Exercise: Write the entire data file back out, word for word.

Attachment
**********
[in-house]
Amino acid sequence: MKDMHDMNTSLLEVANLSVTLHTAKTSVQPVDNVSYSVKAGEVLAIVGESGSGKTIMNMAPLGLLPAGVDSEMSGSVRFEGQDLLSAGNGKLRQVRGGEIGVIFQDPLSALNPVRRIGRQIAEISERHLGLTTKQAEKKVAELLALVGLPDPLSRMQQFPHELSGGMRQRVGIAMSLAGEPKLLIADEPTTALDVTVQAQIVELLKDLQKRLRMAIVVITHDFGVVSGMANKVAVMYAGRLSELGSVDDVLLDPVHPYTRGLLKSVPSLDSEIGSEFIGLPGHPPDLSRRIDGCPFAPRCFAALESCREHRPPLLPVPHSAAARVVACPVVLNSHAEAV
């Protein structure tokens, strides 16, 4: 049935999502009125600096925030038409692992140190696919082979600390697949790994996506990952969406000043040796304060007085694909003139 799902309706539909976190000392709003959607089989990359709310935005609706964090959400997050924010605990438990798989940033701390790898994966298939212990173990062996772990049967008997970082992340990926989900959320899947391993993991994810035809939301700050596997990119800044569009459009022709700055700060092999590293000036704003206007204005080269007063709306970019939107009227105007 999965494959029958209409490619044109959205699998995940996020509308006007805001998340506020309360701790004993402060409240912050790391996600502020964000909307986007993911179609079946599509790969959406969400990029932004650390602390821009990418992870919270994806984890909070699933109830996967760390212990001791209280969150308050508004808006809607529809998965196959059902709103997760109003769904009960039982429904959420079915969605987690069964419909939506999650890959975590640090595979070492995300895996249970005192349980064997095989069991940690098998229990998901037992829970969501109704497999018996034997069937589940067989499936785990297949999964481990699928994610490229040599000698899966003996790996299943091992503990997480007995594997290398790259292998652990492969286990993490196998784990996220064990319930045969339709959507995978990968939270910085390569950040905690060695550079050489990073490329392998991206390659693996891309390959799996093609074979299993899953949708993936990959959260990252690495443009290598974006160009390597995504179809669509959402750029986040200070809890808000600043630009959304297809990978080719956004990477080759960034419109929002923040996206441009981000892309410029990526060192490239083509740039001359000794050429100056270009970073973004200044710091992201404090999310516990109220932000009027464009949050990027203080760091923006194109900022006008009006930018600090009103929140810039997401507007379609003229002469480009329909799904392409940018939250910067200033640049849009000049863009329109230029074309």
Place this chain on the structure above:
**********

[in-house]
Amino acid sequence: MKDMHDMNTSLLEVANLSVTLHTAKTSVQPVDNVSYSVKAGEVLAIVGESGSGKTIMNMAPLGLLPAGVDSEMSGSVRFEGQDLLSAGNGKLRQVRGGEIGVIFQDPLSALNPVRRIGRQIAEISERHLGLTTKQAEKKVAELLALVGLPDPLSRMQQFPHELSGGMRQRVGIAMSLAGEPKLLIADEPTTALDVTVQAQIVELLKDLQKRLRMAIVVITHDFGVVSGMANKVAVMYAGRLSELGSVDDVLLDPVHPYTRGLLKSVPSLDSEIGSEFIGLPGHPPDLSRRIDGCPFAPRCFAALESCREHRPPLLPVPHSAAARVVACPVVLNSHAEAV
């Protein structure tokens, strides 16, 4: 049935999502009125600096925030038409692992140190696919082979600390697949790994996506990952969406000043040796304060007085694909003139 799902309706539909976190000392709003959607089989990359709310935005609706964090959400997050924010605990438990798989940033701390790898994966298939212990173990062996772990049967008997970082992340990926989900959320899947391993993991994810035809939301700050596997990119800044569009459009022709700055700060092999590293000036704003206007204005080269007063709306970019939107009227105007 999965494959029958209409490619044109959205699998995940996020509308006007805001998340506020309360701790004993402060409240912050790391996600502020964000909307986007993911179609079946599509790969959406969400990029932004650390602390821009990418992870919270994806984890909070699933109830996967760390212990001791209280969150308050508004808006809607529809998965196959059902709103997760109003769904009960039982429904959420079915969605987690069964419909939506999650890959975590640090595979070492995300895996249970005192349980064997095989069991940690098998229990998901037992829970969501109704497999018996034997069937589940067989499936785990297949999964481990699928994610490229040599000698899966003996790996299943091992503990997480007995594997290398790259292998652990492969286990993490196998784990996220064990319930045969339709959507995978990968939270910085390569950040905690060695550079050489990073490329392998991206390659693996891309390959799996093609074979299993899953949708993936990959959260990252690495443009290598974006160009390597995504179809669509959402750029986040200070809890808000600043630009959304297809990978080719956004990477080759960034419109929002923040996206441009981000892309410029990526060192490239083509740039001359000794050429100056270009970073973004200044710091992201404090999310516990109220932000009027464009949050990027203080760091923006194109900022006008009006930018600090009103929140810039997401507007379609003229002469480009329909799904392409940018939250910067200033640049849009000049863009329109230029074309």
Place this chain on the structure above: